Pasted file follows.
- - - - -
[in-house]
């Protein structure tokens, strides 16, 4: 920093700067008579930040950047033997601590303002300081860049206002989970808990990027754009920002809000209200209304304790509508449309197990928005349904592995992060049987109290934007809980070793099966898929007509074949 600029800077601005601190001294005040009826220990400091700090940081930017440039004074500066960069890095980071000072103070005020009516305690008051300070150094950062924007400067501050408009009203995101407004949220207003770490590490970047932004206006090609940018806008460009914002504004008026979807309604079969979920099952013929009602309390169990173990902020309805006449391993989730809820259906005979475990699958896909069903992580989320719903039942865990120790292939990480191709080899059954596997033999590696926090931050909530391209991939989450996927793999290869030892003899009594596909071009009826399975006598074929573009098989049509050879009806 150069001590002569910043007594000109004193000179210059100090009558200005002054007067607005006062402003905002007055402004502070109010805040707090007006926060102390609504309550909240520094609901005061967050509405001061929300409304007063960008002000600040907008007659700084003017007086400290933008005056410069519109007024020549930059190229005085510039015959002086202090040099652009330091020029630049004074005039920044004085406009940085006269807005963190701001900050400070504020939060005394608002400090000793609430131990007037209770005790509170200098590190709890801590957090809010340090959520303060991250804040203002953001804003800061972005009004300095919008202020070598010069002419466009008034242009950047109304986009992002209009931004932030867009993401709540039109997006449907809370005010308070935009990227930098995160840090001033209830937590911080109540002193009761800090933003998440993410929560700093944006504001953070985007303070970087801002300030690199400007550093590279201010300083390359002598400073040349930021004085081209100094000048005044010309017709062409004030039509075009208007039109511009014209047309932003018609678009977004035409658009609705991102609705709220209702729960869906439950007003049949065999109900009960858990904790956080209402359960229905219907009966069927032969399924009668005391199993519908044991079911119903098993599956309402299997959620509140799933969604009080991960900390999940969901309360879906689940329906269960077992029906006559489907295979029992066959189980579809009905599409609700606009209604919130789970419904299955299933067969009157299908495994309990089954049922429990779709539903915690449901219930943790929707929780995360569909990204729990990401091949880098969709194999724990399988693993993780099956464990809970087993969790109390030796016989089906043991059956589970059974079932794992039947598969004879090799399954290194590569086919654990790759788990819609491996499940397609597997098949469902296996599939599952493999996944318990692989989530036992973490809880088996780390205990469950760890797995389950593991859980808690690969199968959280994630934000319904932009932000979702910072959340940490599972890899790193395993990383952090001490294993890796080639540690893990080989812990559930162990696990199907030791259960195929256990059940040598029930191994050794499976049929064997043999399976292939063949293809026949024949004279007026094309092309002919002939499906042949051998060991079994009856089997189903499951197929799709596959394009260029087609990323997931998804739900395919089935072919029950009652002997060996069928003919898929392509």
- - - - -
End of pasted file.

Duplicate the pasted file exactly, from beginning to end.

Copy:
[in-house]
């Protein structure tokens, strides 16, 4: 920093700067008579930040950047033997601590303002300081860049206002989970808990990027754009920002809000209200209304304790509508449309197990928005349904592995992060049987109290934007809980070793099966898929007509074949 600029800077601005601190001294005040009826220990400091700090940081930017440039004074500066960069890095980071000072103070005020009516305690008051300070150094950062924007400067501050408009009203995101407004949220207003770490590490970047932004206006090609940018806008460009914002504004008026979807309604079969979920099952013929009602309390169990173990902020309805006449391993989730809820259906005979475990699958896909069903992580989320719903039942865990120790292939990480191709080899059954596997033999590696926090931050909530391209991939989450996927793999290869030892003899009594596909071009009826399975006598074929573009098989049509050879009806 150069001590002569910043007594000109004193000179210059100090009558200005002054007067607005006062402003905002007055402004502070109010805040707090007006926060102390609504309550909240520094609901005061967050509405001061929300409304007063960008002000600040907008007659700084003017007086400290933008005056410069519109007024020549930059190229005085510039015959002086202090040099652009330091020029630049004074005039920044004085406009940085006269807005963190701001900050400070504020939060005394608002400090000793609430131990007037209770005790509170200098590190709890801590957090809010340090959520303060991250804040203002953001804003800061972005009004300095919008202020070598010069002419466009008034242009950047109304986009992002209009931004932030867009993401709540039109997006449907809370005010308070935009990227930098995160840090001033209830937590911080109540002193009761800090933003998440993410929560700093944006504001953070985007303070970087801002300030690199400007550093590279201010300083390359002598400073040349930021004085081209100094000048005044010309017709062409004030039509075009208007039109511009014209047309932003018609678009977004035409658009609705991102609705709220209702729960869906439950007003049949065999109900009960858990904790956080209402359960229905219907009966069927032969399924009668005391199993519908044991079911119903098993599956309402299997959620509140799933969604009080991960900390999940969901309360879906689940329906269960077992029906006559489907295979029992066959189980579809009905599409609700606009209604919130789970419904299955299933067969009157299908495994309990089954049922429990779709539903915690449901219930943790929707929780995360569909990204729990990401091949880098969709194999724990399988693993993780099956464990809970087993969790109390030796016989089906043991059956589970059974079932794992039947598969004879090799399954290194590569086919654990790759788990819609491996499940397609597997098949469902296996599939599952493999996944318990692989989530036992973490809880088996780390205990469950760890797995389950593991859980808690690969199968959280994630934000319904932009932000979702910072959340940490599972890899790193395993990383952090001490294993890796080639540690893990080989812990559930162990696990199907030791259960195929256990059940040598029930191994050794499976049929064997043999399976292939063949293809026949024949004279007026094309092309002919002939499906042949051998060991079994009856089997189903499951197929799709596959394009260029087609990323997931998804739900395919089935072919029950009652002997060996069928003919898929392509």